Father Thayer having failed as a pastor he was relieved by the Rev. Francis A. Matignon, one of the many French priests exiled by the Revolution, and to whom the Church in the United States owes so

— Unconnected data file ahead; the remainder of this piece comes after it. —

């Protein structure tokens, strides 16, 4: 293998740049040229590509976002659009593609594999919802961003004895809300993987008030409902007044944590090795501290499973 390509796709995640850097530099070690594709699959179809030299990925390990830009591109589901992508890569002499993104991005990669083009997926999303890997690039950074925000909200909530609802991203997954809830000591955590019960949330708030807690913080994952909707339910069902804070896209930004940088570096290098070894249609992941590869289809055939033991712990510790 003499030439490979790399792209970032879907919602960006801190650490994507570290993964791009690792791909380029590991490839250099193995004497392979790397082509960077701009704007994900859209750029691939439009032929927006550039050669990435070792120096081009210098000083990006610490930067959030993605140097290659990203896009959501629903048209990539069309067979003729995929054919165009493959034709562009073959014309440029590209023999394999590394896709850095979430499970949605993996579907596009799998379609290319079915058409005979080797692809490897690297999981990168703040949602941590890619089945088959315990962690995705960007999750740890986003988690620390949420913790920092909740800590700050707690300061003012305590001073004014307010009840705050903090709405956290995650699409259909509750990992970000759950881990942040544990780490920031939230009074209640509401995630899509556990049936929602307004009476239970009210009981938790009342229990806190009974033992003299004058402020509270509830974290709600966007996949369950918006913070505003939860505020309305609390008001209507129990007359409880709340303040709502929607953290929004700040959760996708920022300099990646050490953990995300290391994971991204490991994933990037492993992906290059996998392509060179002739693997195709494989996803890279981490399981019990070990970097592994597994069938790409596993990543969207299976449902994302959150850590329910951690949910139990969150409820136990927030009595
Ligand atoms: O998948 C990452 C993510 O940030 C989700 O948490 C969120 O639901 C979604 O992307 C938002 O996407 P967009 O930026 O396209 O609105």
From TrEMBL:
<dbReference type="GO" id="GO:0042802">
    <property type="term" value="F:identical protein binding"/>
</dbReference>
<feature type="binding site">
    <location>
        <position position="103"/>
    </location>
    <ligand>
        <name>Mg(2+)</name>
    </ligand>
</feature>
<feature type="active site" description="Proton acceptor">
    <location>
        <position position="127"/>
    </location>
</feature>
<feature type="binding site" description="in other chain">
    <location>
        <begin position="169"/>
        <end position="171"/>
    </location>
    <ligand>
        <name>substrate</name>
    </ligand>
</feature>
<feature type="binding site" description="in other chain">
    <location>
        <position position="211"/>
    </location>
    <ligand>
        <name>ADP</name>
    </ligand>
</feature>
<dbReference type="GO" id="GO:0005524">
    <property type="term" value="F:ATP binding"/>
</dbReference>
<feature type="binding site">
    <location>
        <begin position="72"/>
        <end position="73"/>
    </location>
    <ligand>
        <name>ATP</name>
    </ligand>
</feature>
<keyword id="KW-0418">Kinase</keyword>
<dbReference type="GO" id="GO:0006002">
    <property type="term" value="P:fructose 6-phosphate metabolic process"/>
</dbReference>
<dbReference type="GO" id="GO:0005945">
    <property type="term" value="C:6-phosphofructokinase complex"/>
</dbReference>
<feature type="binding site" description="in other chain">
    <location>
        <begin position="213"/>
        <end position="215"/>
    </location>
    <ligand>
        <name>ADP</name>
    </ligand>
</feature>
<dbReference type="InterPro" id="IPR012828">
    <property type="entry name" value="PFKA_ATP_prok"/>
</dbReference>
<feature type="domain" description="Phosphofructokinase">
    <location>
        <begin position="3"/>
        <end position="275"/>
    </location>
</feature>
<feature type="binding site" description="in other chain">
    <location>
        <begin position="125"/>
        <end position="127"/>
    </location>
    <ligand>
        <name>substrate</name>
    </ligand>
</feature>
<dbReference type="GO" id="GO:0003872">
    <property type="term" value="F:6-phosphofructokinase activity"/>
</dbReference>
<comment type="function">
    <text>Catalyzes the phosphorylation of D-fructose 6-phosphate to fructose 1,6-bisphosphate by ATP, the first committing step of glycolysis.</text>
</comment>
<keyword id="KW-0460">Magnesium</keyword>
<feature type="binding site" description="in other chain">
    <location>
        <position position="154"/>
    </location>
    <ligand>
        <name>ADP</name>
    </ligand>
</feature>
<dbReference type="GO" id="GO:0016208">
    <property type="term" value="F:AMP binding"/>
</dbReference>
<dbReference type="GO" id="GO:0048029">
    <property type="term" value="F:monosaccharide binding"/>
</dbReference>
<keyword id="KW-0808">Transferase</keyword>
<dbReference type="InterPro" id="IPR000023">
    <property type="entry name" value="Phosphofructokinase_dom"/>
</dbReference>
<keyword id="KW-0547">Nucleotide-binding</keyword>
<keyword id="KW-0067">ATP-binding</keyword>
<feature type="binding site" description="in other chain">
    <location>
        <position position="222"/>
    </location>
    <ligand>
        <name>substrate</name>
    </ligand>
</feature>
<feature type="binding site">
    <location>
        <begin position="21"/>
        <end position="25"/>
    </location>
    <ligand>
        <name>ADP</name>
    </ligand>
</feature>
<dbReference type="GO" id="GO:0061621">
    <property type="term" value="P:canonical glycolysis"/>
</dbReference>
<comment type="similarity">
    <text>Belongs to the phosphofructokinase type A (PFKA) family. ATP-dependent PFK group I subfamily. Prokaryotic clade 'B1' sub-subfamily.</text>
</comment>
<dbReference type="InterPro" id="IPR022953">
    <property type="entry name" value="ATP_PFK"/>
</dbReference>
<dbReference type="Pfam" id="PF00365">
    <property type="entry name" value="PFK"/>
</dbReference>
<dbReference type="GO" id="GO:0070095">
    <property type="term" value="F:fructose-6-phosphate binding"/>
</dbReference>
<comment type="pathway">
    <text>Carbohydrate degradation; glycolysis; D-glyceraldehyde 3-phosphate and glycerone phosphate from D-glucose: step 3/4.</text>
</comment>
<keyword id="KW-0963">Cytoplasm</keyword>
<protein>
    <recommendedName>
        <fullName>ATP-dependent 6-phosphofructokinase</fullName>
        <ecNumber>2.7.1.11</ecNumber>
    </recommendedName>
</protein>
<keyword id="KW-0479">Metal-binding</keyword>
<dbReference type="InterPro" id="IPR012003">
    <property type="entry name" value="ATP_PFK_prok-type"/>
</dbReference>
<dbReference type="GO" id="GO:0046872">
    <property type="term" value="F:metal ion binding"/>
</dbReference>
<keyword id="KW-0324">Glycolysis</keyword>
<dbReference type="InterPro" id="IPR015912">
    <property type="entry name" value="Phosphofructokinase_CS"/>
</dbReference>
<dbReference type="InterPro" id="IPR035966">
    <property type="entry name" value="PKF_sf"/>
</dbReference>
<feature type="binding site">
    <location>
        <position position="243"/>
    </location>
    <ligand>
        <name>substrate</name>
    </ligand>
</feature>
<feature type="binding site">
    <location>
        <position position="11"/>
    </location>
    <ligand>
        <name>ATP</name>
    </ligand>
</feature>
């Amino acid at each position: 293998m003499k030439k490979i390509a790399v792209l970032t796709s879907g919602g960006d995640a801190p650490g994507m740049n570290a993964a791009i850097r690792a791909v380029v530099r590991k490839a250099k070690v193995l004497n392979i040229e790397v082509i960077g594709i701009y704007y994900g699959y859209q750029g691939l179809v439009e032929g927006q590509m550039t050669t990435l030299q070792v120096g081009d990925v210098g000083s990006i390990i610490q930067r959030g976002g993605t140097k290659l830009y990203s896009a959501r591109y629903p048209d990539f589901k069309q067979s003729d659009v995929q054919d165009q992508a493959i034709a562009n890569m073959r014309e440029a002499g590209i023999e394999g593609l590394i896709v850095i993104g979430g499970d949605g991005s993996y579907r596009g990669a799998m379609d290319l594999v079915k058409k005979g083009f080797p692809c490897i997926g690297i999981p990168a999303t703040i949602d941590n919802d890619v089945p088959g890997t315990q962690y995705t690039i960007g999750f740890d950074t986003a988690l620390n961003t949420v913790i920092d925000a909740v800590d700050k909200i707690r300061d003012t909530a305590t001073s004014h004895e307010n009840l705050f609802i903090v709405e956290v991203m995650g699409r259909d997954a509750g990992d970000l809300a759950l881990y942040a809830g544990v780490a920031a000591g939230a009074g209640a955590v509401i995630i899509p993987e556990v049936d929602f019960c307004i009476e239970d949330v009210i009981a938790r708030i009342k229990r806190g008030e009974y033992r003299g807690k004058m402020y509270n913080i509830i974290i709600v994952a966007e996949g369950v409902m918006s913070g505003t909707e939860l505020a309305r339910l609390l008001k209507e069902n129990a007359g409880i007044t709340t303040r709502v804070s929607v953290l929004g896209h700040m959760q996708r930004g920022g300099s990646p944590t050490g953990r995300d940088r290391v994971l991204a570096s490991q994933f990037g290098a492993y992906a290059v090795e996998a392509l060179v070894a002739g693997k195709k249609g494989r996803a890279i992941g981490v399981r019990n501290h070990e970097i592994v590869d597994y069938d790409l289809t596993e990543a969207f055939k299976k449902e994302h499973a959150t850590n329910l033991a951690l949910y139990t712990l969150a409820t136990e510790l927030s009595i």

much. Bom in Paris, in 175.3, he was ordained pries in 1773 and taught theology in the College of Navarre Having arrived in Boston, 20 August, 1792, he sooi healed all the local dissensions and by his zeal, elo quence, piety, and winning courtesy made an ini mediate success of his pastorship. In 1796 he in vited his old friend and associate, the Rev. Johi Louis de Cheverus, then an exile in England, t' Boston to help him, and to his great joy the call wa heeded. The Abbe de Cheverus arrived on the thiri of October of that year. He remained in Bostoi with Father Matignon vmtil July, 1797, when h went at Bishop Carroll's request to visit the India missions in Maine. On his way, he looked after th scattered Catholics between Boston and the Pt nobscot. According to a report then made to Bisho Carroll of the Easter Communions of 179S ther were 210 Catholics in Boston; 15 in Phnnouth; 21 i: Newbur j-port , and 3 in Salem. Outside Boston th only important Catholic colony was at Damariscotta Lincoln County, Maine, where Roger and Patric Hanly, two Irishmen, had settled some time before and their descendants and friends made up the com munity. The leading merchants and shipbuilder of Newcastle, James Kavanagh (father of Edwan Ka\-anagh. later Governor of Maine, the hero c Longfellow's novel "Kavanagh", and the first Cathc lie governor of a New England State) and Matthei Cottrill, built a chapel and later, in 1808, a brie structure, St. Patrick's church, for the use of thei fellow Catholics. This was the only church in Nei England outside Boston. Having put these mission in order Father Cheverus returned to Boston an with Father JIatignon exhibited heroic courage an charity during the yellow fever epidemic of 179J By this time the old church in School Street was n longer fit for Divine service and another site o Franklin Street near Devonshire Street, was seciu-e for S2,o00. Speaking at the centennial observanc (29 September, 1903) of the dedication of this churcl Archbishop Williams said: "We bought that Ian from the Boston Theatre. Remember the site c the old cathedral was in the most beautiful part of th tovm — at the end of Franklin Square — and th theatre o^\Tled both sides of the lower part of th street. The theatre people agreed to sell us that Ic at one-half what they could get for it when we bougl it. And remember in that street in those days wer some of the principal families of the city. I remen ber the Bradleys, the Wigglesworths. the Amory and others who lived each side of the street, showin what a choice spot it was and one of the select street of the city." The Spanish consul-general, Don Jua Stoughton, father of the Don Tomas Stoughton, wh had so much to do with the building of St. Peter' the first church in New York, lived opposite the sit selected. .A.t a meeting held 31 March. 1799, he an John Magner, Patrick Campbell, Michael Burn: Owen Callahan, John Duggan, and Edmund Connc were named the committee to take charge of the nc project. From the congregation they collecte S16.000. Members of the leading Protestant familic headed by President John Adams added SI 1,000 t this, and from Catholics in other places and othc sources .?5,500 more was received. The famov architect Charles Bulfinch. also a Protestant, wh designed the capitol at Washington and the Stat House in Boston, supplied the plans without chars for a brick building 80 feet long and 60 wide of loni style, severely simple but impressive. Ground w£ broken for it on St. Patrick's Day ISOO and it \vs ready for dedication 29 September, 1803, havin cost S20,000. Prominent among this first congrc gation, besides those already mentioned, were Jam( Kavanagh, John Ward. David Fitzgerald, Stephe Roberts, John DriscoU, William Daly, Daniel Englisl Thomas Miu-phy, Jolm Hanly, Abraham Fittoi